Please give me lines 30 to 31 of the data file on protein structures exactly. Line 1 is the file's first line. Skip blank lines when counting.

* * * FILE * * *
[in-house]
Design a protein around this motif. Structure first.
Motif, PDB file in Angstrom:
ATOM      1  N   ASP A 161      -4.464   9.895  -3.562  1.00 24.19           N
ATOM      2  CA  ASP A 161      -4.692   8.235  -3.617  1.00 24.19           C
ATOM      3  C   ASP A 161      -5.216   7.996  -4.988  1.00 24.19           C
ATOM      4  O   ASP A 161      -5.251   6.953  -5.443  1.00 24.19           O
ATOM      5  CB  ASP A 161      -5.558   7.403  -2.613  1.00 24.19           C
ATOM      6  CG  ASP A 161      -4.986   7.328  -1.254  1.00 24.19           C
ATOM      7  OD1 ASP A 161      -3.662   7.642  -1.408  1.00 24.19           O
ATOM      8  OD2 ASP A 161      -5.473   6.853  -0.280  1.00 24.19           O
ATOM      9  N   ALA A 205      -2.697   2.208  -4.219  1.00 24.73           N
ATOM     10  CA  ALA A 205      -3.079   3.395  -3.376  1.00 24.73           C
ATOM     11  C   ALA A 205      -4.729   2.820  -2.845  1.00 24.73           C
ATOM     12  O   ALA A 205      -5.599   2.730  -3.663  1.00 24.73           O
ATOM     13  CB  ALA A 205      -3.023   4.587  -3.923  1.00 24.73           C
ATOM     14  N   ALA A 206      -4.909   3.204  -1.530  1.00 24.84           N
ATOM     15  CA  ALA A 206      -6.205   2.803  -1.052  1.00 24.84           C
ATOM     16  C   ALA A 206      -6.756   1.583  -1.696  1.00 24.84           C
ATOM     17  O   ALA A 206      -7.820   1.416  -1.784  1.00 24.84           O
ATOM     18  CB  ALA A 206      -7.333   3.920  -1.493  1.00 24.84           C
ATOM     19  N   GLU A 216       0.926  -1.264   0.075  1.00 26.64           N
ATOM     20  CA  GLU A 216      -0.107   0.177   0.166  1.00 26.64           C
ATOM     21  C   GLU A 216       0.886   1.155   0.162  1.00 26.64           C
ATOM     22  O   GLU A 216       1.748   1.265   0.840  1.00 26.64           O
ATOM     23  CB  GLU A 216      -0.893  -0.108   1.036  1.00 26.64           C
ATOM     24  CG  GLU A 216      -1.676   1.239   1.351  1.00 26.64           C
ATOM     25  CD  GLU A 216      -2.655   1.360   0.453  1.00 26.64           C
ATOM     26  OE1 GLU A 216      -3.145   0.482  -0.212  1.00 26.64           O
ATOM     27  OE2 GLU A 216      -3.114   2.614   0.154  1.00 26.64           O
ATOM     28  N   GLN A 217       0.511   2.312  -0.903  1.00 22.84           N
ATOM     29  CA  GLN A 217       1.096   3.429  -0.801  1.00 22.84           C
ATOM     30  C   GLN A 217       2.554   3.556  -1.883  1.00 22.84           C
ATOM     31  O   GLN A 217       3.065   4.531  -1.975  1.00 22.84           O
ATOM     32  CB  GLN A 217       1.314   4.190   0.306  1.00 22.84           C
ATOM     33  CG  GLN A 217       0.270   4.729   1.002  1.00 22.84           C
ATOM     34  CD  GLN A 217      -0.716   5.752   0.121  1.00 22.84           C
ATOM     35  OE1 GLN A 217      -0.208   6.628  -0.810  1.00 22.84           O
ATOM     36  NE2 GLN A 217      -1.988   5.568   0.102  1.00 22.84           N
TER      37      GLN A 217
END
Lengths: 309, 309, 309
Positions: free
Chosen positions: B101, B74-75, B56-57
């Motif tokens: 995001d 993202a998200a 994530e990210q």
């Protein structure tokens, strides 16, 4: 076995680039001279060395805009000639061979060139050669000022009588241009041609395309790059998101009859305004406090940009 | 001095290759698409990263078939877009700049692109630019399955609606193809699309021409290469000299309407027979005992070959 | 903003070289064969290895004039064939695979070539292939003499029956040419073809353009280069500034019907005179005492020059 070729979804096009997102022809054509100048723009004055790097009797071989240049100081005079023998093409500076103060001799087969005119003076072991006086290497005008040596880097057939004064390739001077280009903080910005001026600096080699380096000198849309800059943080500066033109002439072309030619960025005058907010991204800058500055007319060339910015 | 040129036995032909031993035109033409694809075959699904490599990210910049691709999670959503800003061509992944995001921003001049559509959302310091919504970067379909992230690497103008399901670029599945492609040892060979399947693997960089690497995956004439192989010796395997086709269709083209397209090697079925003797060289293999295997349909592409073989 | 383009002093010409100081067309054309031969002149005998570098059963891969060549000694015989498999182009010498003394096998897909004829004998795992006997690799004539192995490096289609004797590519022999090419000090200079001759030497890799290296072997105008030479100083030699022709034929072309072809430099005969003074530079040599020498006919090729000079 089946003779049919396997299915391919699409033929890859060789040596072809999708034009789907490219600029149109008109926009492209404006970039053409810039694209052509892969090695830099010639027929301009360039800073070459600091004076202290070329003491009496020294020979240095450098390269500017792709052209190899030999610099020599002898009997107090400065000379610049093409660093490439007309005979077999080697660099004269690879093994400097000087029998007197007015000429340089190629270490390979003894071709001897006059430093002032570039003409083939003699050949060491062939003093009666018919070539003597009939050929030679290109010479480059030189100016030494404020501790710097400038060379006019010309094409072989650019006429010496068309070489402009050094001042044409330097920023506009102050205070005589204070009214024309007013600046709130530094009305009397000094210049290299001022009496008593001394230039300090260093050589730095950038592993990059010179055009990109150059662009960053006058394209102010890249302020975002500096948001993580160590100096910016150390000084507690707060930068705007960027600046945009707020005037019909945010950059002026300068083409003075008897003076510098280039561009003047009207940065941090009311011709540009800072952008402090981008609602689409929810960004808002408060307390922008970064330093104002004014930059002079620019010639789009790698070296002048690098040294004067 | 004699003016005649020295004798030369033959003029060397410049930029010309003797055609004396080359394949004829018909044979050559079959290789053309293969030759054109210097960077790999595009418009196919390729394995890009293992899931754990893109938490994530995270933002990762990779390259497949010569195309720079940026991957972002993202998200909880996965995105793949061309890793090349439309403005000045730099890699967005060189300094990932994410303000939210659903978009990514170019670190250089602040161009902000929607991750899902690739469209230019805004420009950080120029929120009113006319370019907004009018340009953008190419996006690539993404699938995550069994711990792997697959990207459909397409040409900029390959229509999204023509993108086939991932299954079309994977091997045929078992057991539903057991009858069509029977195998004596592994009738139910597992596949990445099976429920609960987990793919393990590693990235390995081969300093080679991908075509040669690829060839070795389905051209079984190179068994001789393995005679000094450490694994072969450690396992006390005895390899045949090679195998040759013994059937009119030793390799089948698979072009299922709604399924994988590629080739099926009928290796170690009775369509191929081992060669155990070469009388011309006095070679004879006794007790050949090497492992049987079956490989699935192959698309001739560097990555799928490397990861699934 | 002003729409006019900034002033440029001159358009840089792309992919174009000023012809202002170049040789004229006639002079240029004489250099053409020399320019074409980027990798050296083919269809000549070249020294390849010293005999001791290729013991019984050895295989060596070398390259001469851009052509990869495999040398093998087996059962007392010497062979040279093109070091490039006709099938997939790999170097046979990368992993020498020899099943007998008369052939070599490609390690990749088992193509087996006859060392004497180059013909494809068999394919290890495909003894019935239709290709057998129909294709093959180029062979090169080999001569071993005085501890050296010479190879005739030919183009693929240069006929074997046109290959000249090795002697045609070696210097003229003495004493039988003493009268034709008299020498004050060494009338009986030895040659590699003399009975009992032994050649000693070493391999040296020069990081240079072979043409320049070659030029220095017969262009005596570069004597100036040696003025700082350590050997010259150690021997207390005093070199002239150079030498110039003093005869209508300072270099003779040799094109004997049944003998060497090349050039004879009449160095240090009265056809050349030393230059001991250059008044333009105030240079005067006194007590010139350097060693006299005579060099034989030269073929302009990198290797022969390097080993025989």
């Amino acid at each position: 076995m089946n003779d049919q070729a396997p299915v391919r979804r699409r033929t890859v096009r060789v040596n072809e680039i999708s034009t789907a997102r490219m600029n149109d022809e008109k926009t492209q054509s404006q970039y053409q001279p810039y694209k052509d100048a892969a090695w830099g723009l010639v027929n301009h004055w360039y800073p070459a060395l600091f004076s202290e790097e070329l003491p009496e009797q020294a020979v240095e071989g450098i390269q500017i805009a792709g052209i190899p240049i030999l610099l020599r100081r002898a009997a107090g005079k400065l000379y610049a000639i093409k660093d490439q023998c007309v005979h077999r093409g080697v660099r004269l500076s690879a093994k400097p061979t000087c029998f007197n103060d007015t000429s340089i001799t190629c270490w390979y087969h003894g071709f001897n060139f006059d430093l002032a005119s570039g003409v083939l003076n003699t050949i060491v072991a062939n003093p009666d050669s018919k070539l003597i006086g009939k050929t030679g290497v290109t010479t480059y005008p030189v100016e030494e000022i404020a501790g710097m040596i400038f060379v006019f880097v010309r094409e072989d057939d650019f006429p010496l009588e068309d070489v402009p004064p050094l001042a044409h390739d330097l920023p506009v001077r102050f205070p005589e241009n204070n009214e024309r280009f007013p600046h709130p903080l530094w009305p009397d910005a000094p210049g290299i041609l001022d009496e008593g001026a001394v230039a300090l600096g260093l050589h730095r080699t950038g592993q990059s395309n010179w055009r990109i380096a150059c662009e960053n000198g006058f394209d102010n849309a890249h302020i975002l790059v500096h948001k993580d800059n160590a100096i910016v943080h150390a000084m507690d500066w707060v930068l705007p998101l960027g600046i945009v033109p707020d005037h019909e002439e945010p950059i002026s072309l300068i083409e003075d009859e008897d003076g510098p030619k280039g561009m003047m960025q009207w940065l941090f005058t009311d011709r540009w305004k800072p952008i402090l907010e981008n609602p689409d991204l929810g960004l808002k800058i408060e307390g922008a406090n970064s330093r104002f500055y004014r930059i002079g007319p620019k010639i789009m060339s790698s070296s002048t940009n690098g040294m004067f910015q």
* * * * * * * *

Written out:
ATOM     27  OE2 GLU A 216      -3.114   2.614   0.154  1.00 26.64           O
ATOM     28  N   GLN A 217       0.511   2.312  -0.903  1.00 22.84           N